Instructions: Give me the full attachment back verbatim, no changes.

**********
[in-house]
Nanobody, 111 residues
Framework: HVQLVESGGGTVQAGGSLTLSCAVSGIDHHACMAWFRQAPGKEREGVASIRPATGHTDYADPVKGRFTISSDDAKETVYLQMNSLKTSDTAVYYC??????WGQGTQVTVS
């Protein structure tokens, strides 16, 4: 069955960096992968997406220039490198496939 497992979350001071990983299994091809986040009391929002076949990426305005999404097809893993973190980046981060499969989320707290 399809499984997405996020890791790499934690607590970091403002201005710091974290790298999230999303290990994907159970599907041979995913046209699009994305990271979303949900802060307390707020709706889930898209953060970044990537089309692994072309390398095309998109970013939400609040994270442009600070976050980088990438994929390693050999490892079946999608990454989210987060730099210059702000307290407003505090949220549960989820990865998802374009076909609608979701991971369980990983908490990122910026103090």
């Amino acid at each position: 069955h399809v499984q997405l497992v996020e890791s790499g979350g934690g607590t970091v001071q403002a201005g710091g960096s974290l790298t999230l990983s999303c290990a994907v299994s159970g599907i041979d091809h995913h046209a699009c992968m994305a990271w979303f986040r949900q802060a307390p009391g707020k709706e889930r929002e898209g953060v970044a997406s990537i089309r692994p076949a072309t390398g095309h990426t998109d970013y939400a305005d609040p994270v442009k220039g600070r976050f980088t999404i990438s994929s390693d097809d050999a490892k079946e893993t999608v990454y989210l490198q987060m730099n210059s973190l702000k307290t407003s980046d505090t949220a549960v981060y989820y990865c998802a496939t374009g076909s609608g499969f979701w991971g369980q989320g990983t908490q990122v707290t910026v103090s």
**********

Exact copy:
[in-house]
Nanobody, 111 residues
Framework: HVQLVESGGGTVQAGGSLTLSCAVSGIDHHACMAWFRQAPGKEREGVASIRPATGHTDYADPVKGRFTISSDDAKETVYLQMNSLKTSDTAVYYC??????WGQGTQVTVS
């Protein structure tokens, strides 16, 4: 069955960096992968997406220039490198496939 497992979350001071990983299994091809986040009391929002076949990426305005999404097809893993973190980046981060499969989320707290 399809499984997405996020890791790499934690607590970091403002201005710091974290790298999230999303290990994907159970599907041979995913046209699009994305990271979303949900802060307390707020709706889930898209953060970044990537089309692994072309390398095309998109970013939400609040994270442009600070976050980088990438994929390693050999490892079946999608990454989210987060730099210059702000307290407003505090949220549960989820990865998802374009076909609608979701991971369980990983908490990122910026103090």
């Amino acid at each position: 069955h399809v499984q997405l497992v996020e890791s790499g979350g934690g607590t970091v001071q403002a201005g710091g960096s974290l790298t999230l990983s999303c290990a994907v299994s159970g599907i041979d091809h995913h046209a699009c992968m994305a990271w979303f986040r949900q802060a307390p009391g707020k709706e889930r929002e898209g953060v970044a997406s990537i089309r692994p076949a072309t390398g095309h990426t998109d970013y939400a305005d609040p994270v442009k220039g600070r976050f980088t999404i990438s994929s390693d097809d050999a490892k079946e893993t999608v990454y989210l490198q987060m730099n210059s973190l702000k307290t407003s980046d505090t949220a549960v981060y989820y990865c998802a496939t374009g076909s609608g499969f979701w991971g369980q989320g990983t908490q990122v707290t910026v103090s």